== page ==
Tuesday, 22 October 2013
Many years ago, when I was working as a journalist in The Irish Times, I hated working the late shifts, which involved starting work after darkness had fallen, and getting home before the dawn and the sunrise.
It upset my body clock to work in the dark and to try to rest in daylight.
But autumn has truly started to settle in this week, and with the clocks changing at the weekend, the evenings are going to get darker much earlier next week.
It will be some months before we hear again that favourite Irish adage: “There’s a grand stretch in the evening.”
So this evening, I took one of the last remaining opportunities this autumn to walk home in the fading light of evening, along the banks of the River Dodder.
Along the stretch of riverbank between the Loftus Arch and the bridge at Rathfarnham Road, there was still plenty of green growth on the trees, but the autumn colours of golden rust and light brown are coming to the fore, and the river was brown and fast flowing with the waters that have intensified with the rain of the past few days.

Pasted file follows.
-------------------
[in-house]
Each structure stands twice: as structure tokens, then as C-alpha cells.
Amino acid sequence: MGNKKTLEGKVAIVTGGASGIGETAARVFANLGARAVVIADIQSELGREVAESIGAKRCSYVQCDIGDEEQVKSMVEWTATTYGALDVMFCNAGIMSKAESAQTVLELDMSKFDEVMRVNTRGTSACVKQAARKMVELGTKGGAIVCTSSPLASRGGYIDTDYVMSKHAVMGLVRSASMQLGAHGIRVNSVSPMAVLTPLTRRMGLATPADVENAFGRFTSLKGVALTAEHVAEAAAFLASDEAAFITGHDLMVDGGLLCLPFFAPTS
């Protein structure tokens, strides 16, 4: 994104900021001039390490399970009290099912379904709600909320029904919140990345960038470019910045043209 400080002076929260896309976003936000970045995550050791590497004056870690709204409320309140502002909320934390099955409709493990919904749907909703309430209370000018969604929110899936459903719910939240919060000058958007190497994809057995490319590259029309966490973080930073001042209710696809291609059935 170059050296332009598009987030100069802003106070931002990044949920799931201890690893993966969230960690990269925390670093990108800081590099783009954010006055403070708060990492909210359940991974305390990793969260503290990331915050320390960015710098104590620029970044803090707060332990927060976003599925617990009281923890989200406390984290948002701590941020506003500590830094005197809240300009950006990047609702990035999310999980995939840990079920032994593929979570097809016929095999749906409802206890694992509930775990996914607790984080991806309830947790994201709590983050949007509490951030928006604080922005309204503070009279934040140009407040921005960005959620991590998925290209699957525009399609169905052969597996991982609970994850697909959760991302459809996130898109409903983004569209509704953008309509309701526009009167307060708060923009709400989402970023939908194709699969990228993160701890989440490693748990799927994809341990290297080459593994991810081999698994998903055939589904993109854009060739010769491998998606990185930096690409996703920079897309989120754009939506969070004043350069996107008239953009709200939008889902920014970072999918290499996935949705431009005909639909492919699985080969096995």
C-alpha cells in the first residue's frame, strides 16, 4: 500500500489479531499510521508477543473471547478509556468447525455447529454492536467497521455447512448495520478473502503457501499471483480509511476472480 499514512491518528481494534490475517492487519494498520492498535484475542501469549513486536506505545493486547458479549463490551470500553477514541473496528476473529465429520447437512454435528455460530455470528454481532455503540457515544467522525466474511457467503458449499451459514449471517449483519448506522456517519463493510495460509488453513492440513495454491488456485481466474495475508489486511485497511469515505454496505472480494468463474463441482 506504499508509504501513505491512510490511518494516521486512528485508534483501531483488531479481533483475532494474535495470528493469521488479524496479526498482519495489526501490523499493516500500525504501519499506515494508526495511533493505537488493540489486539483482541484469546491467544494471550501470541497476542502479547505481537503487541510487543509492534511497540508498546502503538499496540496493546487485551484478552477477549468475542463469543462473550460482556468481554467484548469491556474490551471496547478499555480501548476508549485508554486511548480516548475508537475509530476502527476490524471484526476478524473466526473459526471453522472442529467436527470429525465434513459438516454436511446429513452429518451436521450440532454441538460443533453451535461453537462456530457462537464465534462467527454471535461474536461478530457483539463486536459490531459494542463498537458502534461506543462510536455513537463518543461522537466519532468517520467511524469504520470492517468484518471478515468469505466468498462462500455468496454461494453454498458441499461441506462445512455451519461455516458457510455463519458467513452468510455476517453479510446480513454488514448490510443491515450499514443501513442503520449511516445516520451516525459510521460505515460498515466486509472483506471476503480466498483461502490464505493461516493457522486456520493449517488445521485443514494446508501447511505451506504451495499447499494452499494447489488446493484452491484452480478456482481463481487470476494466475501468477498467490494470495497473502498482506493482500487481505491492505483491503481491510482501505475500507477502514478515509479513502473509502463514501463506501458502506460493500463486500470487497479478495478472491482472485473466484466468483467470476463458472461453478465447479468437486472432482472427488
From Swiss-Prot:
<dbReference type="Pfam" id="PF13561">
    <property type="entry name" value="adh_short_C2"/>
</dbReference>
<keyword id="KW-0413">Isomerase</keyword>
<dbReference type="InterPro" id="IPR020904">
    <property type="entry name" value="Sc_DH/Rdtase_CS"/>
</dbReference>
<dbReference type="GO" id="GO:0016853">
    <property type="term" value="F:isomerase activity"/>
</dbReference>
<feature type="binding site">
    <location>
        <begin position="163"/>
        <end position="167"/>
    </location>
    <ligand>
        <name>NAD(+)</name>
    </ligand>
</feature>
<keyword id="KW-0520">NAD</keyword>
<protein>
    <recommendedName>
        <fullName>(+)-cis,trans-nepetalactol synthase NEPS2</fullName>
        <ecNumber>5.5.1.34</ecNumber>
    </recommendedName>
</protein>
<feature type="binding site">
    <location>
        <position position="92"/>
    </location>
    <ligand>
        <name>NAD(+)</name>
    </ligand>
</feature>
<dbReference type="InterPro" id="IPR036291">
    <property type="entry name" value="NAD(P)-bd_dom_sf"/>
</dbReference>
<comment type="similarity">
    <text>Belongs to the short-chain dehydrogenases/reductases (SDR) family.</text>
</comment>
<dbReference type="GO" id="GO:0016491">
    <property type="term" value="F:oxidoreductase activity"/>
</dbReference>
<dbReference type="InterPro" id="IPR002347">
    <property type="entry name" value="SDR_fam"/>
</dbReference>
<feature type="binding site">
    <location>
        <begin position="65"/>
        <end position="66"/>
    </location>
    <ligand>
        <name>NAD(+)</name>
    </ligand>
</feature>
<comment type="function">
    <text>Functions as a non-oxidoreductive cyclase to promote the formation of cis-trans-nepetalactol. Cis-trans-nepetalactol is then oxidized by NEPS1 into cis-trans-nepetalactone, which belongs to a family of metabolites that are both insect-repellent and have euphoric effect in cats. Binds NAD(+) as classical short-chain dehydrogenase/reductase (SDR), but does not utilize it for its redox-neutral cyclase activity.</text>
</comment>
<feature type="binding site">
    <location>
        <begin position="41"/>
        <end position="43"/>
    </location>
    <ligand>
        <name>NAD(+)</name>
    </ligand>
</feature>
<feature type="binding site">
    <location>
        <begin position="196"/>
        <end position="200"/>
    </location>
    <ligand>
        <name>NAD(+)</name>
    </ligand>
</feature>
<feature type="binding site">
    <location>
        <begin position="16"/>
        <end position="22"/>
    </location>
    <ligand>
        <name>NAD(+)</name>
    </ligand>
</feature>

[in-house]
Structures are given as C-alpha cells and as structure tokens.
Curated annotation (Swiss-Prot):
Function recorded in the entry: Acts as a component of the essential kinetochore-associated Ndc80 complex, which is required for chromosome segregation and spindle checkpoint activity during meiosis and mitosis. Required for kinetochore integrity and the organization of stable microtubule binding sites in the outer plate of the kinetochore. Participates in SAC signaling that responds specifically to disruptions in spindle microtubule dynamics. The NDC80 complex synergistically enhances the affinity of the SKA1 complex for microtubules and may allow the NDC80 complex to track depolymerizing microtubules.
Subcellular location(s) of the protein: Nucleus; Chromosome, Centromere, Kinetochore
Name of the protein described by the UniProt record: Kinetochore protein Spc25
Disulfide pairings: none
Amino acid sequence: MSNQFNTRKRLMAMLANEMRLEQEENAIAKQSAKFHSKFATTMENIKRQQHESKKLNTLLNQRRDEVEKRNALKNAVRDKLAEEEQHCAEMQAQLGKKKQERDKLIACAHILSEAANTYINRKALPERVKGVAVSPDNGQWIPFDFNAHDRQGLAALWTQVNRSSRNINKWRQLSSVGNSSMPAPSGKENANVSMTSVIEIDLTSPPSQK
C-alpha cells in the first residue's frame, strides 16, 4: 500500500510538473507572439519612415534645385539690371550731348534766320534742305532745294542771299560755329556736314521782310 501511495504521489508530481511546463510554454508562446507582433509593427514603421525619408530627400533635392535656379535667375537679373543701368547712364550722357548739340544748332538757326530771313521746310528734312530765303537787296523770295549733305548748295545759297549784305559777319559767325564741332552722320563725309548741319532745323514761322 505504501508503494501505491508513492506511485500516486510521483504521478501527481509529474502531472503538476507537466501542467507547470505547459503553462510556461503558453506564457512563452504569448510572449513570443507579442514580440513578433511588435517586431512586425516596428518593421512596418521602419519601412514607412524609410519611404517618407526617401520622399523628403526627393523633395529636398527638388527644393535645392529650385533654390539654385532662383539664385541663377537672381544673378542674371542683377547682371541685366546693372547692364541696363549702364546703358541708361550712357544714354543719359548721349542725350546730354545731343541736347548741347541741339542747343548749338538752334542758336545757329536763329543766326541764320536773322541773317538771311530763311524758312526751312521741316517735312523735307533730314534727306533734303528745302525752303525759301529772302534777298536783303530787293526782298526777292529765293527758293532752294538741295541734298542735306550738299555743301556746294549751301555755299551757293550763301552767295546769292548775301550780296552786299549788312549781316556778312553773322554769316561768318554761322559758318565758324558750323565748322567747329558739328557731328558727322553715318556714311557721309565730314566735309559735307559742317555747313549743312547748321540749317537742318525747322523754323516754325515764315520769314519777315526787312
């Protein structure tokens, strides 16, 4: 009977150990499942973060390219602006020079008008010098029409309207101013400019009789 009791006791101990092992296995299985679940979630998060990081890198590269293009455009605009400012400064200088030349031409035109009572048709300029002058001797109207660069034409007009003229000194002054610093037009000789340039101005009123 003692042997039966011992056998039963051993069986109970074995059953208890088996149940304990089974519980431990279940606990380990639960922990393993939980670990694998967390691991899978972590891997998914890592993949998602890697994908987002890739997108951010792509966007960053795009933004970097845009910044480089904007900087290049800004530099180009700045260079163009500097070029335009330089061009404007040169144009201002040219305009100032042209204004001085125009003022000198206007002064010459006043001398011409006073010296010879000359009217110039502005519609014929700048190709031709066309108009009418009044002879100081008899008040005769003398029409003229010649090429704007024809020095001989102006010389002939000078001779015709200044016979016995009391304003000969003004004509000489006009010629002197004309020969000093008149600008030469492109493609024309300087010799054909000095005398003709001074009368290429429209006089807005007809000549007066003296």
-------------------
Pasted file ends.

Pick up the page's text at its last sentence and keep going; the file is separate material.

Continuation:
Two men who appeared to have been fishing for most of the afternoon were packing in the day. But a passing teenager told the fish were still jumping, and perched on the weir I spied a heron, pecking his way through the swirling water, taking advantage of this special autumn harvest.
Above the weir, the pair of swans who have lived here for years, were peacefully silent.
I crossed the road at the junction with Rathfarnham Road, and joined the river bank again below the sloped behind Rathfarnham Village. The evening lights had faded, the sensors were switching on the roadside lights, and by the time I reached Rathfarnham Shopping Centre the drizzle had turned to a light rain.